Grown Folks Music chatted with R&B group HI-FIVE about the group’s new music (HI-FIVE The EP), what they think has contributed to the demise of male R&B groups and how the group is honoring the late Tony Thompson as it moves forward as HI-FIVE. Read and enjoy.
GFM: You’ve released new music: HI-FIVE The EP. Tell us about it.
HI-FIVE: It was quite the task to get here I guess with the group not being together for so long. Treston (Irby) got it in his heart to put the group back together. We were figuring out a direction and what we should be doing. Once it came to us it was pretty clear. Originally we were going to release one single once we got together and started recording, but we couldn’t really figure it out. We had a couple of really nice songs, so we decided to go ahead and put out an EP– an extended play album. We gave you five songs to just kind of test the waters from not being quote/unquote relevant in the music industry for such a time. So that’s the direction that we went in– putting out five songs and giving everybody a little taste of what’s been going on in our lives.
GFM: You mentioned the direction in which you wanted to go. Talk about the feel and the direction of the new music. Is it more for the new generation, or is it more reminiscent of what we’re familiar with from HI-FIVE?
HI-FIVE: We’re keeping it relevant. We’re definitely keeping our ear to the street, but we’re also keeping the essence of HI-FIVE. So when you hear one of the songs from us you’ll know that it’s us, but it’s something that definitely can compete in today’s market. We keep our ears to the street so that we can stay relevant, but we have more lyric content– more things that everyone can listen to– as opposed to just in the club stuff. (We have) stuff you can play around the house and you can listen from A to Z to the whole album.
GFM: Were you pleased with the way the group’s story was told on (TV One) Unsung?
HI-FIVE: I was pleased. I’m not an original member (Billy Covington), but just having an inside scoop from the original members– the accounts I was told and the history lesson that I was given even before I was a part of the group– it seemed to be pretty accurate according to that story. There was a lot of stuff in there that still wasn’t… you couldn’t put everybody’s lives over 20 years into a one-hour show. But, the things that needed to be said and pointed out– those things were captured in the correct manner I believe.
GFM: Tony Thompson is beloved. As you move forward as a group, how are you handling his legacy?
HI-FIVE: We’re keeping it going, and we’re trying to be open. We’re trying to be open to the criticism so to speak. Some people aren’t taking to it, some people are. A lot of the fans are realizing that it’s not about anybody replacing Tony Thompson. The video of Tony Thompson and Treston Irby (shows) that his last wishes were to put the group back together. So, what we’re doing is we’re fulfilling his last wish. It’s not all about us. We already knew that it was going to draw some eyebrows and some criticism. We were already prepared or that, but as far as the fans– the true fans of HI-FIVE weren’t just Tony Thompson fans. They were HI-FIVE fans. The name HI-FIVE is bigger than any one single member. Just to draw a parallel, The Temptations have had about 18 or 19 different members, but at the end of the day they’re still The Temptations no matter who is doing their thing. It’s about the group. We’re just realizing that dream of keeping HI-FIVE alive. Of course we pay homage to Tony, because he paved a huge road for us to travel on at this point in our careers. We’re just keeping it going. Big ups and rest in peace to Tony Thompson.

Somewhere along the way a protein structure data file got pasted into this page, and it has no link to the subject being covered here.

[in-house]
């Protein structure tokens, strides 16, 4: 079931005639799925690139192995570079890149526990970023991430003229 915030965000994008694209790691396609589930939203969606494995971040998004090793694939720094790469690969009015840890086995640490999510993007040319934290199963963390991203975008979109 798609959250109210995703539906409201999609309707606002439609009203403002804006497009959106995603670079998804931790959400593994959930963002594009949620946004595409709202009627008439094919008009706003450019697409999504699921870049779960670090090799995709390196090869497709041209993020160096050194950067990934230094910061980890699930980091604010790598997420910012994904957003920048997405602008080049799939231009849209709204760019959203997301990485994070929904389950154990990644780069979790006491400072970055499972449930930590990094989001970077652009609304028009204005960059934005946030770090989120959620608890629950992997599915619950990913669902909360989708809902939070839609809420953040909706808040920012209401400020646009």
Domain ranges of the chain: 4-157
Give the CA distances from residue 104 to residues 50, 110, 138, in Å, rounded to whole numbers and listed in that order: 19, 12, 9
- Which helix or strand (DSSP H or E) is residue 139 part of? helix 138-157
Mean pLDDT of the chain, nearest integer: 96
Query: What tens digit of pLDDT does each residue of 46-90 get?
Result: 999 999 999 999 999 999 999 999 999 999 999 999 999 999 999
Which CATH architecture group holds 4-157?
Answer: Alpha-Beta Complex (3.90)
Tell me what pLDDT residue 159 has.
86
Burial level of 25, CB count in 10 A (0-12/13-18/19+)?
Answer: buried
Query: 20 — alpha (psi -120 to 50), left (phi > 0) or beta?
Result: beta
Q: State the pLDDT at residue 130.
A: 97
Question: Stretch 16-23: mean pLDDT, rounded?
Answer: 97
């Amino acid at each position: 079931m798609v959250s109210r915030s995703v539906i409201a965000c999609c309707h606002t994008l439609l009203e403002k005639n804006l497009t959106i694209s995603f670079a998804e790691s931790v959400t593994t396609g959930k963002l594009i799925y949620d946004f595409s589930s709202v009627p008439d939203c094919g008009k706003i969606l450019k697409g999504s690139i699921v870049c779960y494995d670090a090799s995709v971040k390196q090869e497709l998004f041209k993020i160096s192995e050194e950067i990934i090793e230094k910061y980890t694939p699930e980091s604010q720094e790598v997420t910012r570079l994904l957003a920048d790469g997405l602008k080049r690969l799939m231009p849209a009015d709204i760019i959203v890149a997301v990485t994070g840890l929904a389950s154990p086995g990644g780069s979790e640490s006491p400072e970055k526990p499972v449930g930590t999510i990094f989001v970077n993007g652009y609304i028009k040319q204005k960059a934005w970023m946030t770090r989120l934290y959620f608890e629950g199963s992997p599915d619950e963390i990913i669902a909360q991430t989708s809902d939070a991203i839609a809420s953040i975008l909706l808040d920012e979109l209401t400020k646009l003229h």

GFM: When HI-FIVE came out, there was a good amount of R&B male groups on the scene. Now there’s hardly any R&B male groups. What do you think has happened to the group concept in R&B?
HI-FIVE: It’s an industry issue. It’s what the industry is feeding everybody. They don’t look to that anymore. Groups cost money. The logistics of a group cost money–plane tickets, hotels– just having everybody on the same page in a group is not something that record industry executives really have time for anymore. They’re looking for a one-hit wonder because of the way the music structure is now as far getting paid for your music. Everything is free in a couple of days. You could spend a million dollars on promotion and videos and this and that, but you’re not guaranteed to get it back because in two or three days you can rip it off of YouTube or Mp3 Skull (.com) and get it for free, so they’re not necessarily getting a return on the investment they would be putting into a group. Over the past couple of years that’s been my personal observation of the reason why there aren’t any popular groups anymore. It’s because of that money turnaround–the record company can’t make it back anymore (due to) the way that sales are.
GFM: What is your definition of Grown Folks Music?
HI-FIVE: Grown folks music is stuff that is not too raunchy so to speak. You have classy, romantic, you’ve got elegant and then you’ve got raunchy. Grown folks music is something that even if you’re listening to it and your child walks through the door or through the room you don’t have to go, ‘well let me turn that off first.’ It makes you feel good. It’s music that you can listen to and groove to. You can drive in the car and keep driving miles and miles and miles. The HI-FIVE EP right now– that’s what it gives to the industry right now.
GFM: If you could sum up in a few words where HI-FIVE is today in 2015, what word or what group of words would you want people to think of when they think of HI-FIVE today?
HI-FIVE: Classic, resurgence, triumph over tragedy.
HI-FIVE The EP is available now on iTunes, Amazon and www.bronxmostwanted.com
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